I recognise that coverage of the child abuse scandals in the Church has fundamentally shifted our relationship with the media. We are a long way from the 31 December 1961 when my predecessor Cardinal D’Alton broadcast a live message of blessing and goodwill from Armagh to the newly established RTÉ television station. It is true that we in the Church have sometimes reacted defensively or in denial to legitimate criticism in the media – it is also true that some commentators, particularly on social media, seem at times to have lost the ability to objectively question a story, running instead with their consensus caricature of the Church.
Most now accept that “the media” has played a vitally important role in Ireland and around the world, in lifting the lid on a terrible and shameful chapter of our history; giving a voice to those who for years had been carrying a lonely trauma. Media attention of these issues has accelerated the development and implementation of best practice in safeguarding, both in the Church and throughout society.
There is, of course, a legitimate interest in reporting bad as well as good news about the Church. What Radharc [long-running RTÉ Catholic documentary strand] did so well, however, was to present the beautiful, edifying and spiritually-inspiring lives of people of faith in ways which reflected the beauty and goodness of God. I believe that today, when so many people are tempted to despair, we need to rediscover the Radharc vision and lift people up, giving them, as Saint Peter put it, “a reason for the hope that lies within us.” With so much conflict, hatred and division in the world, it would do all our hearts good to witness the commitment of people of faith to peace and justice, to love and understanding.”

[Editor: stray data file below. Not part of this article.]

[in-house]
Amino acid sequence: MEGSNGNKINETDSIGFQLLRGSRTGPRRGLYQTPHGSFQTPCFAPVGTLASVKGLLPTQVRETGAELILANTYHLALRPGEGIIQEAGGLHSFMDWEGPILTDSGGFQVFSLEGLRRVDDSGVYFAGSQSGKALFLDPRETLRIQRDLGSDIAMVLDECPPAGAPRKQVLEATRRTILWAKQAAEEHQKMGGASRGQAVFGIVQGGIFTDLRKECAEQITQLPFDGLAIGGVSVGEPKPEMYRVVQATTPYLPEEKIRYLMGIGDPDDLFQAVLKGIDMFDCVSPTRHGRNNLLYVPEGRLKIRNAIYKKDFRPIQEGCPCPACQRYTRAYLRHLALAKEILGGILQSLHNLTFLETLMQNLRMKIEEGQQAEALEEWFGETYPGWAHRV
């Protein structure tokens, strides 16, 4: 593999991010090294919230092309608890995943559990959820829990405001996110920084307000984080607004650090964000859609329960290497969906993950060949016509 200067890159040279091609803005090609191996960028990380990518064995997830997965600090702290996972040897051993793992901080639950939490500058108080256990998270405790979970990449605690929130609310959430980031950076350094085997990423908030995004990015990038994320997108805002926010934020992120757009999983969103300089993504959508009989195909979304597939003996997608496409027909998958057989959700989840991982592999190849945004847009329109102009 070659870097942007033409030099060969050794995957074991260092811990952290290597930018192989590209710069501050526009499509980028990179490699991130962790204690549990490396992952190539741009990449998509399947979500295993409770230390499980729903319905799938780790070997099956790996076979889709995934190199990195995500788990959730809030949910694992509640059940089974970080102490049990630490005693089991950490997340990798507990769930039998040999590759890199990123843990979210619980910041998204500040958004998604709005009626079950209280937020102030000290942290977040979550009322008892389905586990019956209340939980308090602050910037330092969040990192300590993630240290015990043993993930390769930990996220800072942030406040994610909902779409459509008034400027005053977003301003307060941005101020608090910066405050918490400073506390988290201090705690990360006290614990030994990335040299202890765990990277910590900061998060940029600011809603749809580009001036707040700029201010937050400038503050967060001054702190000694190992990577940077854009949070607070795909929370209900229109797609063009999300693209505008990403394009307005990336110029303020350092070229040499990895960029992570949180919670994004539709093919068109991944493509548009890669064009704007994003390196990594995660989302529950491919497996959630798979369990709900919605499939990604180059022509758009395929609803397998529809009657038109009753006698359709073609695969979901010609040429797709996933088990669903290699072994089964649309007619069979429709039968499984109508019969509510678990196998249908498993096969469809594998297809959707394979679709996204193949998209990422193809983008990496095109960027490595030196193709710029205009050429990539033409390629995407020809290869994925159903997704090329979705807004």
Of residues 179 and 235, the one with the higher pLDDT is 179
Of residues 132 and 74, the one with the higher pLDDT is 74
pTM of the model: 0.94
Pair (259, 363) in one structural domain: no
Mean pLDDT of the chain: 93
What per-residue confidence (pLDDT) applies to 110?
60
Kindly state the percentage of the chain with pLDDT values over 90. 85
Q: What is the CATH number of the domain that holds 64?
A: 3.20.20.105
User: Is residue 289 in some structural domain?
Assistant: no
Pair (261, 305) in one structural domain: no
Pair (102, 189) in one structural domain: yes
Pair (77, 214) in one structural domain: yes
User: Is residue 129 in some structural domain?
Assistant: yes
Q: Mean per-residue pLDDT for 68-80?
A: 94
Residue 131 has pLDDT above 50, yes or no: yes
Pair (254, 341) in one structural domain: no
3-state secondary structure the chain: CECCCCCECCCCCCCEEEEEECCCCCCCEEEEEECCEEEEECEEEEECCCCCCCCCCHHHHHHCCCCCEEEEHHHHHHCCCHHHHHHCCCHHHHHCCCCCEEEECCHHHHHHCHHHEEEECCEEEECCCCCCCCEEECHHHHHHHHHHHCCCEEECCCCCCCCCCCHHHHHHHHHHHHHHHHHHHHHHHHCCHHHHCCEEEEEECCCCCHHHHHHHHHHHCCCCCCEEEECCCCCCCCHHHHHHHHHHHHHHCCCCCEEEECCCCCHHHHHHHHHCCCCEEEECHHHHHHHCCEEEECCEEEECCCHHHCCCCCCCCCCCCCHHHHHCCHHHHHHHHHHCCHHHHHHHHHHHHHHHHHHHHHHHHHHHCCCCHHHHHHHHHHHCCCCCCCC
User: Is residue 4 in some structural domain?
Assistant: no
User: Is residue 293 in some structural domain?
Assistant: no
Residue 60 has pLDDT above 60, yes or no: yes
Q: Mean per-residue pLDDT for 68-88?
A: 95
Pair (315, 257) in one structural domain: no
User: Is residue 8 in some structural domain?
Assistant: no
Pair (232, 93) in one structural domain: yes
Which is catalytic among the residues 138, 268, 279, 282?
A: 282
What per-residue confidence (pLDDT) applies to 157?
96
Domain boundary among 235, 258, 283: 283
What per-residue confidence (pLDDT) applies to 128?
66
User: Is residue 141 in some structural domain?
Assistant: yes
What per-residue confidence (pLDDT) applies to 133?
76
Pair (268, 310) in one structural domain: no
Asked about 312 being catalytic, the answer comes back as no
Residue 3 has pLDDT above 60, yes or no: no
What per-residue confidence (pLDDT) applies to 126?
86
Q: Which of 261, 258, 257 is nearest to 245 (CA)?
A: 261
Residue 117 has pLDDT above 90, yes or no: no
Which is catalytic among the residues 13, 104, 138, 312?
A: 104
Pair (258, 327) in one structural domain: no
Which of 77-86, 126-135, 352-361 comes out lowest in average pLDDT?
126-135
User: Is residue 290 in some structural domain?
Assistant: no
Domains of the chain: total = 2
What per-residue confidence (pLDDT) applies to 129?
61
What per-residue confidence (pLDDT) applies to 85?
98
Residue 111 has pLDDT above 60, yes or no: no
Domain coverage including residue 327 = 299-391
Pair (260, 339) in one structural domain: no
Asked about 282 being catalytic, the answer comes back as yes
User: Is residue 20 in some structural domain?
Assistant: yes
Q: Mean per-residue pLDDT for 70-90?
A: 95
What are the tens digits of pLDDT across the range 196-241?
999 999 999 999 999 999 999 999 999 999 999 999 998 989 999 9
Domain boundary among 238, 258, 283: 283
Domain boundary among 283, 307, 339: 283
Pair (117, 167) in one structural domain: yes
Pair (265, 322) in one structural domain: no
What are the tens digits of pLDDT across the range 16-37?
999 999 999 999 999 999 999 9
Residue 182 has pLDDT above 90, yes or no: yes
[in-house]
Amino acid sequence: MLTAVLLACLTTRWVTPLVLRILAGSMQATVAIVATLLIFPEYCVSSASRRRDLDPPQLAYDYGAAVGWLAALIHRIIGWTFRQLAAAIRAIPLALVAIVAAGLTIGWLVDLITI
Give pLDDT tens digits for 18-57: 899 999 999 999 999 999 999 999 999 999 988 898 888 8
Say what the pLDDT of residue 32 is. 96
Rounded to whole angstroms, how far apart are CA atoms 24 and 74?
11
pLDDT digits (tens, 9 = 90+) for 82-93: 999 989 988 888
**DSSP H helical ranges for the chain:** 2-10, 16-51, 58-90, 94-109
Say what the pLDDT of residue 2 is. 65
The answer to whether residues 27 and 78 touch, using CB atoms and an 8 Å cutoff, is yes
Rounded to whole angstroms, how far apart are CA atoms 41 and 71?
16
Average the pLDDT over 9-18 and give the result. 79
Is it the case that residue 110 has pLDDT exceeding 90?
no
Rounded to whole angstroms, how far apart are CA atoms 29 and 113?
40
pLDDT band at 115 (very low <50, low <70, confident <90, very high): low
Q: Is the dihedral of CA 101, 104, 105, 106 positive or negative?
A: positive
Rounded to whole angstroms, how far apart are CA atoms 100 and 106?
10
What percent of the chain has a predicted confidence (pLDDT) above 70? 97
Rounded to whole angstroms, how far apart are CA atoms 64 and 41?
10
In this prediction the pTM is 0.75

Archbishop Eamon Martin
John Tierney outside Leinster House, Kildare Street, Dublin this afternoon
“It was a very good meeting with the minister [Alan Kelly]. We covered all of the issues. The heartening thing was that he recognised the scale of what we have been asked to do…
…He wants a renewed emphasis on all issues to do with the customer. Obviously in relation to the political representations from TDs and councillors because they are representing people. So we had a very good discussion. He recognised we have taken on a very difficult job and we are going to continue to do what is required of us, of a utility.”
Irish Water’s John Tierney following a ‘crunch’ meeting with environment minister Alan Kelly.
(Sam Boal/Photocall Ireland)
“It’s an unjust law. I obey every law (and) I understand the reasons for it. I pay my water charge, the nett charge, but, until such time as (Irish Water) give me a coherent reason why I should hand over my PPS number, I’m not giving them the PPS number, and I am entitled to deduct the allowance – no doubt they’ll come after me for that, and let them.
“And let the legalities or illegalities of my action be thrashed out there if it should come for a confrontation in court.”
Fianna Fáil’s Willie O’Dea TD on Limerick’s Live 95Fm today
“Anyone know what the deal is with this story? I’m on a group water scheme, so don’t get any of this hassle, but this sounds fairly sinister…”